IBM, GlobalFoundries and Samsung held their Technology Forum last week. The three companies have been working together on the development of fabrication processes. Without making any detailed announcements, the various sessions have given us a view on a few interesting points.
First of all, there will be no partially depleted SOI (PD-SOI) with the 28nm fabrication process developed by GlobalFoundries and its other partners. PD-SOI is difficult to implement effectively at lower engravings, which limits the interest of the technology. While PD-SOI has indeed been put on the discard pile (it has been confirmed that it will not reappear with 20nm), this doesn’t mean that we have seen the last of SOI. According to Dr Gary Patton from IBM, as of 20nm and onwards we’ll be seeing ETSOI. ETSOI (extremely thin SOI) is planar fully depleted SOI, designed to counter the effects of standard SOI. While IBM brought up ETSOI several times, its partners, who aren’t working on this area, didn’t mention it. The extended development time and increase in direct costs of wafers may well push the different Common Platform players to offer, for example, one process with ETSOI and one without to satisfy customer demands. IBM confirmed in passing that ETSOI has been developed for the 20nm process in collaboration with ST Micro.
There was an announcement with respect to the 20nm process and the necessity of double patterning. The technology consists in using two successive exposures with different masks to achieve a single metallic layer. Although not all layers require double-patterning, the addition of masks makes for considerable additional costs. The slide below gives a breakdown of the impact on costs moving from the 32/28 nm to the 22/20 nm processes:
The additional mask costs are particularly high as are those for design tools (EDA) and the design itself, which rockets due to the complexity of double patterning. Intel is also likely to call on such techniques for the 16nm process, though not for 22nm as far as we know.
Another definite, though pretty much expected, announcement was the arrival of FinFET transistors. Remember, Intel decided to modify the form of transistors as of 22nm (which will soon be arriving with the launch of Ivy Bridge), introducing 3-D instead of the previously planar construction (see this news on the subject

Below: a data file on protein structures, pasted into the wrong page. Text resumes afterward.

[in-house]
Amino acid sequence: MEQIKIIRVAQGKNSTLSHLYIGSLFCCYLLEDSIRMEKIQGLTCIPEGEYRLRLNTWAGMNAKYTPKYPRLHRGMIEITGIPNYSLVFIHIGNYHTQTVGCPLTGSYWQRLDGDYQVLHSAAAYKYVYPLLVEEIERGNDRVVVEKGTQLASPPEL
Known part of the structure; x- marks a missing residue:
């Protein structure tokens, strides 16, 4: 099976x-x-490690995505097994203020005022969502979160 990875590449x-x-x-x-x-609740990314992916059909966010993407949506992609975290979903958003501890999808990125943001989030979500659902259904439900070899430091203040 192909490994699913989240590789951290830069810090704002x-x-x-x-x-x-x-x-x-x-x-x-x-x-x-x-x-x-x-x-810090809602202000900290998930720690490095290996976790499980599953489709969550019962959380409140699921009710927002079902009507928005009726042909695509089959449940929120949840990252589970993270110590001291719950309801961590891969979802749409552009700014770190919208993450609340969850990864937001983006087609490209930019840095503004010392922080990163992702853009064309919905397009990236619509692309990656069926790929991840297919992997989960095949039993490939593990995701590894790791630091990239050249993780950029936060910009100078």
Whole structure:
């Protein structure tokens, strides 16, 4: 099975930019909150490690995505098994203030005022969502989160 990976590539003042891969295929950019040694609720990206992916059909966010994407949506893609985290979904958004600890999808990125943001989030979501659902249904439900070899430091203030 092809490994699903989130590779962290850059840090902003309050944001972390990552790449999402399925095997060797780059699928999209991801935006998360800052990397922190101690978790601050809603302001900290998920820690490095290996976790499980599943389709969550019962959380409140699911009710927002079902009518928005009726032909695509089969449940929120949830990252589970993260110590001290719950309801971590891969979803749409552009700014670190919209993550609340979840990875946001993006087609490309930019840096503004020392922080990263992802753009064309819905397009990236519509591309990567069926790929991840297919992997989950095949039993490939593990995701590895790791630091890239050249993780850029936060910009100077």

for more details). The members of the Common Platform have confirmed that it should be introduced for the 16nm process, something that had previously been assumed.
Doubling the density of each node is accompanied by performance gains announced as being 1.6x
For the horizon beyond 10nm, which is considered to be a technological barrier for current methods, IBM talked about several possible solutions including using carbon nanotubes. IBM announced that it has developed new methods for sorting those nanotubes that are useable from those that aren’t more effectively. Gary Patton said that 30% of semiconductor nanotubes produced act as a a plain conductor and therefore should be deleted. With respect to EUV lithography, which we’ve been waiting for for several generations, we’ll have to wait a little longer. While IBM did leave the door open for 16nm, it's more probable that the technology won’t be ready by then.
During the conference we noted several other points. On several occasions there were allusions to the fact that the Common Platform 28nm fabs were running and hadn’t been halted. This was a reference to a relatively surprising article published by SemiAccurate
last week, which claimed that TSMC had “halted 100% of 28nm production in mid-February” for an undisclosed reason. This information is difficult to verify and while we were at one point aware of rumours concerning delays in the delivery of certain GPUs produced by TSMC, the rumours have since stopped. Multiple references to this rumour by TSMC’s competitors was opportunistic to say the least.
Finally we learnt from Subramani Kengeri from GlobalFoundries that while CPU and GPU production have up until now been the driving forces behind the development of technology processes, today it’s SoCs and low energy consumption chips that are forcing design decisions. AMD will be happy.